An effort is now underway, though, that could change perceptions about food production in this citrus hub. UC Riverside and city government are collaborating on a new initiative to get farmers and residents to think outside the area’s traditional export-oriented citrus growing model by promoting development of Riverside’s local food system.

Seedstock spoke to Dr. Peggy Mauk, Director of Agricultural Operations at UC Riverside, to learn more about this work. Read More

WSU Extension Offers Home Food Production Program for those Limited by Financial or Physical Hardship

March 28, 2013 |

A new educational program in Cowlitz County, Wash., is taking the fear out of gardening and enabling people who are limited by financial or physical hardship to experience the rewards of having their own garden. In the program’s first year, there were 22 applicants vying for 10 spots; this year, there are 61.

“You really get to know these people after reading the application,” says Gary Fredricks, the director of the WSU Extension office for Cowlitz County. From this year’s 61 applicants, he and the committee of Master Gardeners selected the 10 applicants that are the next cohort of the Home Vegetable Educational Garden (VEG) program. Read More

Two Young Farmers Discuss Their Sustainable Farming Enterprise, Offer Advice to Aspirants

January 21, 2013 |

Sarah Wertz and Matt Hyde of Rabbit Run Farm in Skull Valley, AZ. Photo Credit: Rabbit Run Farm.

The following is a candid conversation with young farmers, Matt Hyde and Sarah Wertz about their operation, Rabbit Run Farm in Skull Valley, Arizona.

What compelled you, especially as a young couple to get into sustainable farming?

We both enjoy working outdoors and eating good food.  The farming lifestyle represents our values and beliefs. Also, we took the class Small Scale Agriculture at Prescott College held at Whipstone Farm in Paulden, Arizona. Following the class, we talked with the farmers Cory and Shanti and asked if we could work for them the following season. We really enjoyed it! The next season, Byrnie at Ridgeview Farms offered us land to use as kind of a trial for farming on our own The next season we were offered the farm manager position at Jenner Farm in Skull Valley and moved our farming operation there. We’ve been farming ever since. Read More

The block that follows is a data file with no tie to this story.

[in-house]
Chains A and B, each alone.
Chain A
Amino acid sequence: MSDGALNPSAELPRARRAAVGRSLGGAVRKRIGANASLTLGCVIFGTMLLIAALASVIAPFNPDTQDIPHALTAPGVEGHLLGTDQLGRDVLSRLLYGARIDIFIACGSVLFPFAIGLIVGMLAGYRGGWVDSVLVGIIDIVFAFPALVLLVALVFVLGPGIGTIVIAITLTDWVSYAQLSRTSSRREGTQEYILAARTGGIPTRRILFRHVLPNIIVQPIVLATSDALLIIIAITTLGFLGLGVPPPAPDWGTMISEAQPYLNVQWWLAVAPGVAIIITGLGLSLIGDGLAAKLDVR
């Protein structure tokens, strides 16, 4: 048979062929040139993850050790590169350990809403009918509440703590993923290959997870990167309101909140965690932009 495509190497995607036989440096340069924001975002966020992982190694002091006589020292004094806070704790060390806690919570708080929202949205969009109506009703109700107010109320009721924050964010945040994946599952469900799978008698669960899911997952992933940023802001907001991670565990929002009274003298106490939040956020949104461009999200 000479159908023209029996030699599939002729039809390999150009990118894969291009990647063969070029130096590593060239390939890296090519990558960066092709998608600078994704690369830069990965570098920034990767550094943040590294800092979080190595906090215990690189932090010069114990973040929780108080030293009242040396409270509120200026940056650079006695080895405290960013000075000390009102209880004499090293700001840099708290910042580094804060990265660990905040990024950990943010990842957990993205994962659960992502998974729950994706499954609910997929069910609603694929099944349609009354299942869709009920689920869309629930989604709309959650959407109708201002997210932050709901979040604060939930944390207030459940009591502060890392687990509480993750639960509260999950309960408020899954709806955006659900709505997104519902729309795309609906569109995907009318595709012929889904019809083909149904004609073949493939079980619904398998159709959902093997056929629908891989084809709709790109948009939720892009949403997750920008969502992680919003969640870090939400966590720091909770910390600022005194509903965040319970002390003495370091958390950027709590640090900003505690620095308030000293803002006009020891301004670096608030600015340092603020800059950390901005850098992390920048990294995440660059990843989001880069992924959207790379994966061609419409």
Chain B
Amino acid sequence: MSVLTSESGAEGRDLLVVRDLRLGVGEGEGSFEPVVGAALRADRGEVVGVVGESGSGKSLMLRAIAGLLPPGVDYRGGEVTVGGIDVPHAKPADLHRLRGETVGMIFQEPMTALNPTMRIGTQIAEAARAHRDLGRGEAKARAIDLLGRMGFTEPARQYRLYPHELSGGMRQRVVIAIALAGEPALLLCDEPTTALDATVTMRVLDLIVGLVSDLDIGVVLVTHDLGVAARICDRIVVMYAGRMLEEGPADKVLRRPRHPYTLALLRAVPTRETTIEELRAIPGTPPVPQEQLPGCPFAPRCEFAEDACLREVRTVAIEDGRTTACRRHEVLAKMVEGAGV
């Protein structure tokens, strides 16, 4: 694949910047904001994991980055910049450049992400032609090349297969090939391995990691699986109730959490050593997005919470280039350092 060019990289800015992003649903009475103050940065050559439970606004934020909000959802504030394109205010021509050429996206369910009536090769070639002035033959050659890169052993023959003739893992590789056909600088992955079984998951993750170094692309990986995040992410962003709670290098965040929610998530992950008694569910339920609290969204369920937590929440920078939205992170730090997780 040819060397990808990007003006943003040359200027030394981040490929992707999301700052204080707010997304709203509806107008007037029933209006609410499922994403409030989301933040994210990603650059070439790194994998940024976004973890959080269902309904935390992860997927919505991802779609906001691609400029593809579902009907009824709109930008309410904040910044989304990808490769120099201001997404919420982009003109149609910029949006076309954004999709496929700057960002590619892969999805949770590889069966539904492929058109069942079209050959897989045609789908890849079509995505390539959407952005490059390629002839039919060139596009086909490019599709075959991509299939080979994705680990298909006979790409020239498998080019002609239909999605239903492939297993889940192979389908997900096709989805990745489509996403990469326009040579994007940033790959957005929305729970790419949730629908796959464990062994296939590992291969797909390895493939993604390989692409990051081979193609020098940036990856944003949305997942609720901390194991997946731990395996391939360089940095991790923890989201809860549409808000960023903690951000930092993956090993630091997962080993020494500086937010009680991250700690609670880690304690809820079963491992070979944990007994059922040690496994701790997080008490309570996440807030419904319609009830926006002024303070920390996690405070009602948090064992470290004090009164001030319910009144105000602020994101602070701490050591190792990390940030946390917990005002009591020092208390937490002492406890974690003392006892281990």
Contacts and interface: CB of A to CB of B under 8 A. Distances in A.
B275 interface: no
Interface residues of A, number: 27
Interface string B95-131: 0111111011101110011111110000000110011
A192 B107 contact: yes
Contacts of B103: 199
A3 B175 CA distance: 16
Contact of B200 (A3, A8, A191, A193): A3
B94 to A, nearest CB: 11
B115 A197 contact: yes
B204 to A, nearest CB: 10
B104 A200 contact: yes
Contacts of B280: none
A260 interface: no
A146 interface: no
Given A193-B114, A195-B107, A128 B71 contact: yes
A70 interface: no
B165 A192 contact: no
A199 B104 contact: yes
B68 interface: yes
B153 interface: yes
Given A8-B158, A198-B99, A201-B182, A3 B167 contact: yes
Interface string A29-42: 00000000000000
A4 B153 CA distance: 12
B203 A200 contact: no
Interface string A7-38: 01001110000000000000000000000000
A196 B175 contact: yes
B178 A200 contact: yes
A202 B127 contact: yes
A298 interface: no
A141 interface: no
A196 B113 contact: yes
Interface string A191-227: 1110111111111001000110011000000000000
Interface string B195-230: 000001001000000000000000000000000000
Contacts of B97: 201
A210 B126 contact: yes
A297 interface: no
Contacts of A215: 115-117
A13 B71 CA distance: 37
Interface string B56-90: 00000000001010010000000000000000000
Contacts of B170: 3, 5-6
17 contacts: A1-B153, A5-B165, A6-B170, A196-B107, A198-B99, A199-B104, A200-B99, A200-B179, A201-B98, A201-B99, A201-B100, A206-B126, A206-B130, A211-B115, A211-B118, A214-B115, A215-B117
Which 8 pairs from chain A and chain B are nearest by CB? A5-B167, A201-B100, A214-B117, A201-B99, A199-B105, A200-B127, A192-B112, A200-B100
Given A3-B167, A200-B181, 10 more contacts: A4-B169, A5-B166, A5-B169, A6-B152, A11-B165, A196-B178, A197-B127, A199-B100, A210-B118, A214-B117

University of Wisconsin-Madison student awarded one of nation’s first organic plant breeding fellowships

November 8, 2012 |

News Release – The story of how Tessa Peters ended up snagging one of the nation’s first graduate fellowships in organic plant breeding begins in an unlikely place: the middle of the ocean.

After earning a bachelor’s degree in physics, she set out as a geophysicist, mapping the ocean floor aboard a large ship, working five weeks on, five weeks off. During her time off, she traveled widely and stumbled upon her new career path. Read More

Chocolate genome research good for farmers, environment, sweet lovers

November 8, 2012 |

News Release – UNIVERSITY PARK, Pa. – With the help of information technology (IT), Penn State professor Mark Guiltinan makes the world a sweeter place.

Guiltinan is a professor of plant molecular biology in the Department of Horticulture in the College of Agricultural Sciences. He currently runs the Guiltinan Lab, where he studies crop improvement and sustainable farming methods. Guiltinan was a key player in The International Cocoa Genome Sequencing Consortium, a worldwide effort to sequence and analyze the genome of the Criollo variety of the Theobromo cacao plant, the key ingredient in high-quality chocolate. Using genome sequencing programs and computer clusters at Penn State and abroad, Guiltinan and his colleagues have mapped the cacao genome and are working to breed better, more disease-resistant cacao plants. Read More